Intervention in the market is what failed - not the market. We didn't have an unregulated market... in fact quite the opposite. I believe that I read someplace that there were over 50,000 new regulations over the financial markets introduced during Greenspans tenure. Working in the banking industry myself, I can attest that banking is hands down the MOST regulated industry in our economy - closely followed by my wifes industry, healthcare. We both will tell you that it is no coincidence that those are the two most broken industries as well - these are failures of regulation. While Greenspan may have been a disciple of Rand in his youth, he certainly did not practice those beliefs while chairman.

Equating him as an example of Ayn Rand would be like equating Jesus to that of Judas.

Idna said...

You make some excellent points, Six. In addition to banking and healthcare, that you point out as two of the most broken industries and the most regulated, I'd like to add education. Public education is controlled by local, state and federal beaurocracies AND the Teachers' Union. Talk about a mess of regulations! The education system will never improve until this straglehold is broken.

While, as you say, increased money supply may have played a role in the recent economic meltdown, it was the government regulations that forced banks and other lenders to grant mortgages to unqualified people. Then Fannie Mae and Freddy Mac's guarantees encouraged the securitization of these toxic loans. Many in Congress refused to heed the warnings and in the famous words of Barney Frank, "If it ain't broke, don't fix it."

Ayn Rand would NEVER have been OK with the existance of Fannie & Freddy, or with government telling lenders that they HAD to make those toxic loans.

Citizen Jane said...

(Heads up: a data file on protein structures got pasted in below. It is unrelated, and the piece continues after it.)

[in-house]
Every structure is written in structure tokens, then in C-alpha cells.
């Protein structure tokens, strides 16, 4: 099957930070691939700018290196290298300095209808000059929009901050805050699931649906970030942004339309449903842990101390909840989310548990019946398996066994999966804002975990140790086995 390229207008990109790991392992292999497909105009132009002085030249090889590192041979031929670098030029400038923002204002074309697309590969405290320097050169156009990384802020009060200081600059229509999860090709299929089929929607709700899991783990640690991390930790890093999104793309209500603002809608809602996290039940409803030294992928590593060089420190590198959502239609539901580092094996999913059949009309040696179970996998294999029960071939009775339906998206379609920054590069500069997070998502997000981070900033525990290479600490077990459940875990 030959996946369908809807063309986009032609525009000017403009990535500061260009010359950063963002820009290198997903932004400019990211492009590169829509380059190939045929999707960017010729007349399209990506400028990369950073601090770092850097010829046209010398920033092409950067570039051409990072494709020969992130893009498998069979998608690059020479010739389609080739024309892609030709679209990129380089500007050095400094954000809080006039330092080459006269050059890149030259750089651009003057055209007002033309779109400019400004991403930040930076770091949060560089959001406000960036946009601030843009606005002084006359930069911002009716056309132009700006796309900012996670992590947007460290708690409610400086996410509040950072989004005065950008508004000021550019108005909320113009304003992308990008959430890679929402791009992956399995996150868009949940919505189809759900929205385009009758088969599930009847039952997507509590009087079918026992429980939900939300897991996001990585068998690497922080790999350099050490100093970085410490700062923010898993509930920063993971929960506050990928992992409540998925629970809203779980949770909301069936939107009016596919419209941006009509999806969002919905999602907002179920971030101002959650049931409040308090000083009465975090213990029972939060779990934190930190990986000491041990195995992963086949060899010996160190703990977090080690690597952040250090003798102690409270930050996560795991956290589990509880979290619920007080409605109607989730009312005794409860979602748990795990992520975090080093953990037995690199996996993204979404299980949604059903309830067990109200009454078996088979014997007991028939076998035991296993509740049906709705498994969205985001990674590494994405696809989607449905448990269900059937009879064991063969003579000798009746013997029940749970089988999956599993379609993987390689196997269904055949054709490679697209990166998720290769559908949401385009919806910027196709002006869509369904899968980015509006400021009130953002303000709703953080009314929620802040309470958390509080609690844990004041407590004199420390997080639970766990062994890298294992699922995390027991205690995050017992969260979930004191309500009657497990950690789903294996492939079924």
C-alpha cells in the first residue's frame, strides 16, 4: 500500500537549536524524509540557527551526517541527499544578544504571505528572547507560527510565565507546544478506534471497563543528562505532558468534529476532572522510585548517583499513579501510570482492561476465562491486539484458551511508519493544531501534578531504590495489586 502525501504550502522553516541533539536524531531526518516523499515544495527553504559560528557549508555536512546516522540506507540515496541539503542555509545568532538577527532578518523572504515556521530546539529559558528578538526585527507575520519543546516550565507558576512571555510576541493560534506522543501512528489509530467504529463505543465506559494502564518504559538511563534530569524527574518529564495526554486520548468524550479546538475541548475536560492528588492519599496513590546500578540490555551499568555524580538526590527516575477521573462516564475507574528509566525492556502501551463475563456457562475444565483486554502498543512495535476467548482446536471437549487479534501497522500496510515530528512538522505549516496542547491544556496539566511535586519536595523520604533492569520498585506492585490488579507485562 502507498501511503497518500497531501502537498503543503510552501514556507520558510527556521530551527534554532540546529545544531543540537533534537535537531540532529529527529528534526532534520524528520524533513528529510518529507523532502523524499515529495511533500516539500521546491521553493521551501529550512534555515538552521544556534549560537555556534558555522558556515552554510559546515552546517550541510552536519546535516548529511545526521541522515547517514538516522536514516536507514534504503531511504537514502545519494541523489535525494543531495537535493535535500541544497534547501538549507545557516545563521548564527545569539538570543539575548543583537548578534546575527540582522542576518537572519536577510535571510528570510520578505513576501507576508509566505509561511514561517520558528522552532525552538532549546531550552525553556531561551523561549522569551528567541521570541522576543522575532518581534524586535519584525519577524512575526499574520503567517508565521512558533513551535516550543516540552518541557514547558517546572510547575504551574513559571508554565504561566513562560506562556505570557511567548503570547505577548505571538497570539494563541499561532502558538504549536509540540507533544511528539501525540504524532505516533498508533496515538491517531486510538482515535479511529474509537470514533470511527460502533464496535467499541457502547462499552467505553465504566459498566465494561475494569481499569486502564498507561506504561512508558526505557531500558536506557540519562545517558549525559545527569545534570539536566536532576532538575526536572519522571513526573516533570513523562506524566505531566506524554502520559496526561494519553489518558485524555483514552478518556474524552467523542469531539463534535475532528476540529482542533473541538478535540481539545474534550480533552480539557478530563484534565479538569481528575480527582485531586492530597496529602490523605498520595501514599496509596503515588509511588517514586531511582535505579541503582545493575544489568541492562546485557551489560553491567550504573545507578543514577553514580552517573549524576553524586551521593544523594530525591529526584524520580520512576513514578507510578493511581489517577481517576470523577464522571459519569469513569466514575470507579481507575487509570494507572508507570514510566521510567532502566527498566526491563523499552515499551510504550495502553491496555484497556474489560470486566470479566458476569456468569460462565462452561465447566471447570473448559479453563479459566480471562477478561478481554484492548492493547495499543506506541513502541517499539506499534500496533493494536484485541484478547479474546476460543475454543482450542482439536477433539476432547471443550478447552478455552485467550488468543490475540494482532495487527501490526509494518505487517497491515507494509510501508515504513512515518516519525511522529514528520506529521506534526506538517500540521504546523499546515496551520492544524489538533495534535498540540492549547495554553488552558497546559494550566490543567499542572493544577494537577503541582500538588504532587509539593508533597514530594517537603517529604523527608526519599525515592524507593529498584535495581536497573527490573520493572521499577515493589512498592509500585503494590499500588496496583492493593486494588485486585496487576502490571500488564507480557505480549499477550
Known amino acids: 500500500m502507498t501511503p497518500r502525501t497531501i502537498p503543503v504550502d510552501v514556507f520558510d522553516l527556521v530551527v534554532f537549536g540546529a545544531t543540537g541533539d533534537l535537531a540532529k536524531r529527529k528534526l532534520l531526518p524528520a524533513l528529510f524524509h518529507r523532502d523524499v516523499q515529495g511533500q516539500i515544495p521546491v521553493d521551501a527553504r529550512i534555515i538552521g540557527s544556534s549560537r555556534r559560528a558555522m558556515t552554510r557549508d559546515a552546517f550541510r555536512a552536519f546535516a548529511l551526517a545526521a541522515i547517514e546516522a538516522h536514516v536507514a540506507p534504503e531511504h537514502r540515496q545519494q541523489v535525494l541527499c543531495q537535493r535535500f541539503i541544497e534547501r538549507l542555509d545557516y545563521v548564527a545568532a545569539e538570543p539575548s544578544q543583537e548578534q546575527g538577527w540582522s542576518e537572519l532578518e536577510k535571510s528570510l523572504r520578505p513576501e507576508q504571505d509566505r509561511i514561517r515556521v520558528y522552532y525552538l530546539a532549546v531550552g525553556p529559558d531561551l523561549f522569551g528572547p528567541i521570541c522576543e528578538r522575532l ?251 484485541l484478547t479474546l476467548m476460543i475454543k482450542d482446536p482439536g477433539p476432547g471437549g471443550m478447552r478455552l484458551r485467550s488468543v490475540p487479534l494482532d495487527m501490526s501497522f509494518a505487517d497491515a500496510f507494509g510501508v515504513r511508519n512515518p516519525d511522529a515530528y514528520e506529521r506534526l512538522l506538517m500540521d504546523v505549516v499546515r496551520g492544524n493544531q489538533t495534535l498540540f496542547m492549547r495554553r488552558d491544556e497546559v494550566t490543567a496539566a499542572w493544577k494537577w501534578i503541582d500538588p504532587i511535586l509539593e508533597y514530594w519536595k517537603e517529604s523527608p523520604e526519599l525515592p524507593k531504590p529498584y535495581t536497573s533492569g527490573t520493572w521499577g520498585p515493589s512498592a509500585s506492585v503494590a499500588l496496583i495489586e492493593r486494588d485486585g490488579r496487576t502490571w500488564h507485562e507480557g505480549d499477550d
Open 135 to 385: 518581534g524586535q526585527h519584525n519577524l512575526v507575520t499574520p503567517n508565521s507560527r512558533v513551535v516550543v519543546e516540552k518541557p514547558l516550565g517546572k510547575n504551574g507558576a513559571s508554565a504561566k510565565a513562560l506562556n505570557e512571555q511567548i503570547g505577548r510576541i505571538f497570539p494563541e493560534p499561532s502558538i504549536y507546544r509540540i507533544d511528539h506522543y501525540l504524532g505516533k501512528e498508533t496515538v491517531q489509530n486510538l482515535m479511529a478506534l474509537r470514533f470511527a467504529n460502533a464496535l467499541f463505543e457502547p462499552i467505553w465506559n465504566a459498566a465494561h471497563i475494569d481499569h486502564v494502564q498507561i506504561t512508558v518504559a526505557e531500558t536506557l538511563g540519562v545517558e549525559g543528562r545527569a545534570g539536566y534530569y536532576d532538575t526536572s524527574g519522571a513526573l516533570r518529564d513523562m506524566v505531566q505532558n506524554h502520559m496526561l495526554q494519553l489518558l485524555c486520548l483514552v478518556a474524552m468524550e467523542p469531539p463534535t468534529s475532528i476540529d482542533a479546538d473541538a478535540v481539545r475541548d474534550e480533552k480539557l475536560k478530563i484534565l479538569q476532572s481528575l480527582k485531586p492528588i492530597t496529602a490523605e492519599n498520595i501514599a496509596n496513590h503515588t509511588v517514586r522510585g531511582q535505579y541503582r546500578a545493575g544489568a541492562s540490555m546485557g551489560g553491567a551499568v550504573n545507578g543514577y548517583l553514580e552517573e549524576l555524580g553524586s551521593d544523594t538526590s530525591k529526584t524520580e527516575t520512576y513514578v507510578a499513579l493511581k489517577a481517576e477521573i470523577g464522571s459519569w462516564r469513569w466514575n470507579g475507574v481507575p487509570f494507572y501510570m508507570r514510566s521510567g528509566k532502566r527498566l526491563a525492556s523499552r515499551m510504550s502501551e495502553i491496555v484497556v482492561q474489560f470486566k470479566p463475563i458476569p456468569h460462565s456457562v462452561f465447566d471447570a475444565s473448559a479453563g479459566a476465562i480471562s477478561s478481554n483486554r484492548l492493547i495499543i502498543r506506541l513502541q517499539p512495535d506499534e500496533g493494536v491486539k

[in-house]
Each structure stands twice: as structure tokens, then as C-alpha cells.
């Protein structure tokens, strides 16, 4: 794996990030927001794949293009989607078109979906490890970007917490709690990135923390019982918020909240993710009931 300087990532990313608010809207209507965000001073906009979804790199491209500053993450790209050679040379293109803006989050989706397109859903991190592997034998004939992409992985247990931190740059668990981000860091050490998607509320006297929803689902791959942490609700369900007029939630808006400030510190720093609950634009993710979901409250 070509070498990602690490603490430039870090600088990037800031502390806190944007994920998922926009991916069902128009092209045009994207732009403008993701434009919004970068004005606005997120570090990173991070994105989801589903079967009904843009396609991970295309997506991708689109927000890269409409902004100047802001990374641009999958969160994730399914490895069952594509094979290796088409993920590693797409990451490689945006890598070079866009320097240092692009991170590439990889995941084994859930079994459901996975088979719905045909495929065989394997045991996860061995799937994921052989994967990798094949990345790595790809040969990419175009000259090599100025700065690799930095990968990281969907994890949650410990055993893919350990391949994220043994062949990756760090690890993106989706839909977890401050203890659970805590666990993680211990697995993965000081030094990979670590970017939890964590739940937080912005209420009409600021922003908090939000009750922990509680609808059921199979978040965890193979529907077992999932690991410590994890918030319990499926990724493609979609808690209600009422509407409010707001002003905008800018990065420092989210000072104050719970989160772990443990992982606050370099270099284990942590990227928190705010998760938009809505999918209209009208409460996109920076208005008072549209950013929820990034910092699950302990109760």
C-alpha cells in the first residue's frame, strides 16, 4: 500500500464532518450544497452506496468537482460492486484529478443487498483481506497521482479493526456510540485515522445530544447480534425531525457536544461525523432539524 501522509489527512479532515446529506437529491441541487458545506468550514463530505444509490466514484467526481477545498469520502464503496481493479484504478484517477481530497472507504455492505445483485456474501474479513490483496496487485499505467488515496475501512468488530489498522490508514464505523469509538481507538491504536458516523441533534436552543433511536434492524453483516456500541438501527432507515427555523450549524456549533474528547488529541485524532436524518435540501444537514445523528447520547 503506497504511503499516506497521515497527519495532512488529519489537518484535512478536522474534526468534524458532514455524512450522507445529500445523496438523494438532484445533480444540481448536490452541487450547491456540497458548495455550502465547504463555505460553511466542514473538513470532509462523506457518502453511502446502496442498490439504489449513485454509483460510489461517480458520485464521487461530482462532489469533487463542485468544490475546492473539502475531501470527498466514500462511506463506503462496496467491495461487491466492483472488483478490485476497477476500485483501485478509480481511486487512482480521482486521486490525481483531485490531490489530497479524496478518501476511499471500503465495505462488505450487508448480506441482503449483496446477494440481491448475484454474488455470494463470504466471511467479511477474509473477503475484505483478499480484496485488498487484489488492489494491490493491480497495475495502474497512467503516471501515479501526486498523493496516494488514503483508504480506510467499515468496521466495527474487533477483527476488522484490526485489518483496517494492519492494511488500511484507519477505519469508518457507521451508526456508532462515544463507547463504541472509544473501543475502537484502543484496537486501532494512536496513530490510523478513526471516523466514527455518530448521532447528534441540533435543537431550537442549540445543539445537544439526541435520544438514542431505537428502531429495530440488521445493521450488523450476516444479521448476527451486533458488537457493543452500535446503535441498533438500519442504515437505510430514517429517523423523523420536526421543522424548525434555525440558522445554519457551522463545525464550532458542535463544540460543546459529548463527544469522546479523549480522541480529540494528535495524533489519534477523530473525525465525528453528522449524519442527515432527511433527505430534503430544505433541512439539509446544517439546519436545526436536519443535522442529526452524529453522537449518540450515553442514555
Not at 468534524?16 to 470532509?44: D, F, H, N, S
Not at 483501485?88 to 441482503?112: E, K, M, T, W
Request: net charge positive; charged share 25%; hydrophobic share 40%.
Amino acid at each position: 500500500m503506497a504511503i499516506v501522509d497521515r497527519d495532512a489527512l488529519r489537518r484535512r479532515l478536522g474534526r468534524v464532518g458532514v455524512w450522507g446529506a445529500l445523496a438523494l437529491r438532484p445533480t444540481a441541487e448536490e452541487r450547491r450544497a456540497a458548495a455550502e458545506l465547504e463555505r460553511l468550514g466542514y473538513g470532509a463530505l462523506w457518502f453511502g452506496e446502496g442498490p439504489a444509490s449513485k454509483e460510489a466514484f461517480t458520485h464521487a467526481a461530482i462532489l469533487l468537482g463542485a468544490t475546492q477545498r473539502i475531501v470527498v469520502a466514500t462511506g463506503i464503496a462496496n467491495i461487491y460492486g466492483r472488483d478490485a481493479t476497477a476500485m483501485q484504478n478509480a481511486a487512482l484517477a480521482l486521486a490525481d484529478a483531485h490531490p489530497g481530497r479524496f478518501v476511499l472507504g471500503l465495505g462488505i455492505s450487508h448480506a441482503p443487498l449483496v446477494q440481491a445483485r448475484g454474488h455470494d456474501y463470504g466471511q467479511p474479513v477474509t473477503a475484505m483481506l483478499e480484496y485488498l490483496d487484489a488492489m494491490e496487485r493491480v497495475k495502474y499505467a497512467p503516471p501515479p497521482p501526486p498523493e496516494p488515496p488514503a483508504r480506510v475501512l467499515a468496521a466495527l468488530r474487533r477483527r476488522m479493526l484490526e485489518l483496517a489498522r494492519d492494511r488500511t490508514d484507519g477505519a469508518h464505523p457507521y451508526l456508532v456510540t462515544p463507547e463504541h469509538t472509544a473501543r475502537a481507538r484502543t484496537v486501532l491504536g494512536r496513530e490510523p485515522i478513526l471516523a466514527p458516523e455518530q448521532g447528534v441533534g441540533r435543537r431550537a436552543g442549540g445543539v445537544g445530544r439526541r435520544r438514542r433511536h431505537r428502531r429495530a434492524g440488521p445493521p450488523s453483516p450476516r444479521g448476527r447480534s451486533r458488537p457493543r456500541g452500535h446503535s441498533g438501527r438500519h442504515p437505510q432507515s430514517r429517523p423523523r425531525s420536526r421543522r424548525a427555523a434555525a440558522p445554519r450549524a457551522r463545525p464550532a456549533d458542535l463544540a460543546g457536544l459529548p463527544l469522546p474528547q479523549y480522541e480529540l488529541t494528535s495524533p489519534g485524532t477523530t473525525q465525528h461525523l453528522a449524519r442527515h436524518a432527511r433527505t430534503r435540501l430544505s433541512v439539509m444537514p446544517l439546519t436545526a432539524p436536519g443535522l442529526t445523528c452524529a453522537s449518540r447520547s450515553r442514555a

Six said...

Alan Greenspan vs. Ayn Rand by Harry Binswanger

Anonymous said...


Citizen Jane said...

Thanks for this link, Six. I read it with interest.

I think it's really about time we had these discussions about Ayn Rand, her followers, her influence, and what I see as her perverted secular religion, which is gaining influence as the years go by. (The fact that Rand Paul renamed himself for her makes me want to gag.)

I'll say this about Rand: she was bright enough to construct a philosophy that tends to attract intelligent, well-educated people. The on-going discussion may be fruitful.

Idna said...

The guy's name is Randal Paul. So he goes by Rand .... what's the big deal. Makes you want to gag???

And what is this visceral hatred for Ayn Rand all about? I don't get it.

Citizen Jane said...

You're right, Idna! I had read more than once that the younger Paul changed his name out of deference to Ayn Rand. However, I found a video in which he says, as you indicated, that it's just short for "Randall." Thanks for setting me straight!

As for my aversion to Ayn Rand's philosophy, I'll have more to say about that in weeks to come, as time allows. Stay tuned!